The Importance of Implementing an Essential Functions Test
Did you know that majority of workplace injuries are related to musculoskeletal strains and sprains? There are a few programs that you can put in place to address this exposure such as engineering out hazards, claims management, case management, safety training, return to work programs and surveillance. While these programs are effective, there’s no substitute for hiring the "right" candidate.
Part of the hiring process should include an essential functions test (EFT) to ensure the candidate can perform the essential functions of the job position based on the job description. EFTs are significantly different than pre-employment physical exams. Pre-employment physical exams are part of the EFT process, but it’s only the beginning. The pre-employment physical exam assesses the candidate's medical condition or overall health to include height, weight, medical history, blood pressure, respiratory rate, pulse, etc. This information is important to note, but may not be used as part of the hiring practice. However, this information does indicate whether the potential employee can perform the job duties.
Most EFTs include a physical exam, but they also include a gross musculoskeletal exam to include range of motion and changing body positions (stooping, bending, reaching overhead). The EFT then assesses the candidate's ability to perform physical tasks such as walking upstairs, capacity to lift, fine motor skills, overhead work, etc. The EFT must accurately test for job tasks based on the job position for which the candidate is being hired. For example, a fire department may require candidates to carry a 100 lbs. mannequin up a flight of stairs. However, a manufacturing company may require candidates to lift a 20 lbs. box from waist height to chest height. Understand, every company and position’s requirement are different – and critical to the test.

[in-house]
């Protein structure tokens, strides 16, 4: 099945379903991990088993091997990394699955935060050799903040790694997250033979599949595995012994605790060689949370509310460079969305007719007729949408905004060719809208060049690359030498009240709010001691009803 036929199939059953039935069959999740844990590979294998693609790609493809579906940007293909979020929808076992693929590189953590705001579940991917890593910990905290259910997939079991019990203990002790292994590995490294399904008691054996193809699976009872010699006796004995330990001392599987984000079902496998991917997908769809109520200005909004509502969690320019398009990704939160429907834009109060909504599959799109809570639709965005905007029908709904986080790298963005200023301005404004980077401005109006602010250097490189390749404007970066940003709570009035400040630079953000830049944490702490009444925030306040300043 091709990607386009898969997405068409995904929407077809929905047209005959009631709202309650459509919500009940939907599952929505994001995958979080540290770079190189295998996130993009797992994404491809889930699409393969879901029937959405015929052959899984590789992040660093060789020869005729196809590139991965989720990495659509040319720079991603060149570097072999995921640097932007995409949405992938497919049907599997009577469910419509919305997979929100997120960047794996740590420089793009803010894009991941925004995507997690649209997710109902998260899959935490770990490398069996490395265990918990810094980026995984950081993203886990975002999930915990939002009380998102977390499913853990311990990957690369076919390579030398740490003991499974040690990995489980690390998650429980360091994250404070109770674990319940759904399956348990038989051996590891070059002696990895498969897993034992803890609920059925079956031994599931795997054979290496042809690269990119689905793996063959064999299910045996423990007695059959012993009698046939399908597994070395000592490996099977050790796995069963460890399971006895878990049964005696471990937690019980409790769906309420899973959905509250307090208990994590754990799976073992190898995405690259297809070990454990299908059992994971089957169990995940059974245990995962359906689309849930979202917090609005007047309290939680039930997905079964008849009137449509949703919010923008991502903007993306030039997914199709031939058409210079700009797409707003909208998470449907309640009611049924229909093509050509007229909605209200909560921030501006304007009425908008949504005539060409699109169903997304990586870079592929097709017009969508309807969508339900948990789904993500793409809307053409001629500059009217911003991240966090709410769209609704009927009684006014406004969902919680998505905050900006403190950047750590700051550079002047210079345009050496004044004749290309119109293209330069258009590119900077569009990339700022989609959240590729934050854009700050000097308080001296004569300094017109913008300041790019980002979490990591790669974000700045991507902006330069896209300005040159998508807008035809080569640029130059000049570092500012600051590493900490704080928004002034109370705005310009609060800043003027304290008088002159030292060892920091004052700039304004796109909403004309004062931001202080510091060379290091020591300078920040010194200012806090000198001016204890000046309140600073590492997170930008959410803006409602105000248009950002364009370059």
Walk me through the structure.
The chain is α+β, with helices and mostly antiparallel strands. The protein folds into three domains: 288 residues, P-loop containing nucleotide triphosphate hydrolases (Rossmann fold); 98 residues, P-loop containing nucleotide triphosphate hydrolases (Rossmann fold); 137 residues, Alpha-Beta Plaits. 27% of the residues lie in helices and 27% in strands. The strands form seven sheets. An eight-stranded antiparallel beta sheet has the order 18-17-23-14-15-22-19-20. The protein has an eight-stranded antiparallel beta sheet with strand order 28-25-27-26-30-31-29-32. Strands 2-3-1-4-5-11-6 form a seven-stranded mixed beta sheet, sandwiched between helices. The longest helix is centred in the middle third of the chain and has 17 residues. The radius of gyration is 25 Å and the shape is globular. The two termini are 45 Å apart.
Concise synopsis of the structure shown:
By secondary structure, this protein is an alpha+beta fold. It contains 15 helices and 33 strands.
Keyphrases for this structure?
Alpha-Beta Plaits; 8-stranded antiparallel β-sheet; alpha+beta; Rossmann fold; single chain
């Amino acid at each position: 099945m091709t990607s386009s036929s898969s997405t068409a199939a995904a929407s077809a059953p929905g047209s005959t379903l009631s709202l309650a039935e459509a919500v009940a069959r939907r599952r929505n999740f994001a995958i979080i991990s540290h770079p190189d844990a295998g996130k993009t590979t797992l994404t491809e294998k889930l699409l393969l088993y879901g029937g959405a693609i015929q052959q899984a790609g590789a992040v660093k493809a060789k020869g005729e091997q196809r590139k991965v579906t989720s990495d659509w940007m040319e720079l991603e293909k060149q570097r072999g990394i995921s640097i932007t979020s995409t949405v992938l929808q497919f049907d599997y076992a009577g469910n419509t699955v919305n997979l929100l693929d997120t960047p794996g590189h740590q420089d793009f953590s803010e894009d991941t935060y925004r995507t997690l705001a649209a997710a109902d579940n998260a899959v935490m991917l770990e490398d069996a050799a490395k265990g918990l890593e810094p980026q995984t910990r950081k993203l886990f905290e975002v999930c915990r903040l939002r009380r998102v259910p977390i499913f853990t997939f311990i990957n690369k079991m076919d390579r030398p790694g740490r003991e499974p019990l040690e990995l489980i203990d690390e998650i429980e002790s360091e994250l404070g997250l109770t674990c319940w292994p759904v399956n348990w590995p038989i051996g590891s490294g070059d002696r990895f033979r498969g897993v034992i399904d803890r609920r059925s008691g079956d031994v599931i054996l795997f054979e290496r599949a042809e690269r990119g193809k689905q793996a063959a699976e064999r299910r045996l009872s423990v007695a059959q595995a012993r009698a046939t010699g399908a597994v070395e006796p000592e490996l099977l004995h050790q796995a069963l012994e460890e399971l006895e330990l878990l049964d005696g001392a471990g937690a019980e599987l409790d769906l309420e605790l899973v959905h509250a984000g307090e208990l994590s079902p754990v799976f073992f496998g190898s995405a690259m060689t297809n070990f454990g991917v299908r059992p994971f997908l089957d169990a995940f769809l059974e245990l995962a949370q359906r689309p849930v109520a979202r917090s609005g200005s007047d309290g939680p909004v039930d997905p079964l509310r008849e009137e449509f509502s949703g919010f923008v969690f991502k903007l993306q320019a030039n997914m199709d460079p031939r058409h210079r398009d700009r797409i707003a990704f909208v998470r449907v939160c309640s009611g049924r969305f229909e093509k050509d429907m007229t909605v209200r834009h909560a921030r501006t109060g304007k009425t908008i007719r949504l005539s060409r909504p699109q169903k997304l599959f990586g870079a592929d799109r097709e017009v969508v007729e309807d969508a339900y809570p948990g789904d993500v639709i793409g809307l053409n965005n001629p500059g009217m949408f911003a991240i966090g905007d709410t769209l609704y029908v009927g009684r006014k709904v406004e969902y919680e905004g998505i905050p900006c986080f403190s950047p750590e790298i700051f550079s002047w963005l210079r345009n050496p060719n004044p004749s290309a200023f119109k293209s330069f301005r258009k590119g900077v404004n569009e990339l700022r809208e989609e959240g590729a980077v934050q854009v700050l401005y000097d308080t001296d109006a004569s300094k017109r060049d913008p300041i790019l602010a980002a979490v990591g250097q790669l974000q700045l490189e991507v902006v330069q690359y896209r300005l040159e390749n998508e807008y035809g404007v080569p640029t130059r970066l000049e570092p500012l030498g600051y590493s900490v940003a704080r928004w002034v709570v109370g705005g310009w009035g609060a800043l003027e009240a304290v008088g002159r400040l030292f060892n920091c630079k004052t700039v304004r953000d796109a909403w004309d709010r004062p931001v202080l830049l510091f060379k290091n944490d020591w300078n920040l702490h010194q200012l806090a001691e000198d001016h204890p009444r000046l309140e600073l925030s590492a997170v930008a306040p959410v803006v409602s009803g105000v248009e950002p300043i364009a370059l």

If a candidate fails to safely perform the essential functions of the position, then the job may be rescinded. It’s important to use valid job descriptions that clearly and explicitly outline the physical demands and job tasks for the position you’re testing candidates against. If done correctly, EFTs can improve the hiring process, head off musculoskeletal injuries and reduce workers’ compensation claims in the long run.
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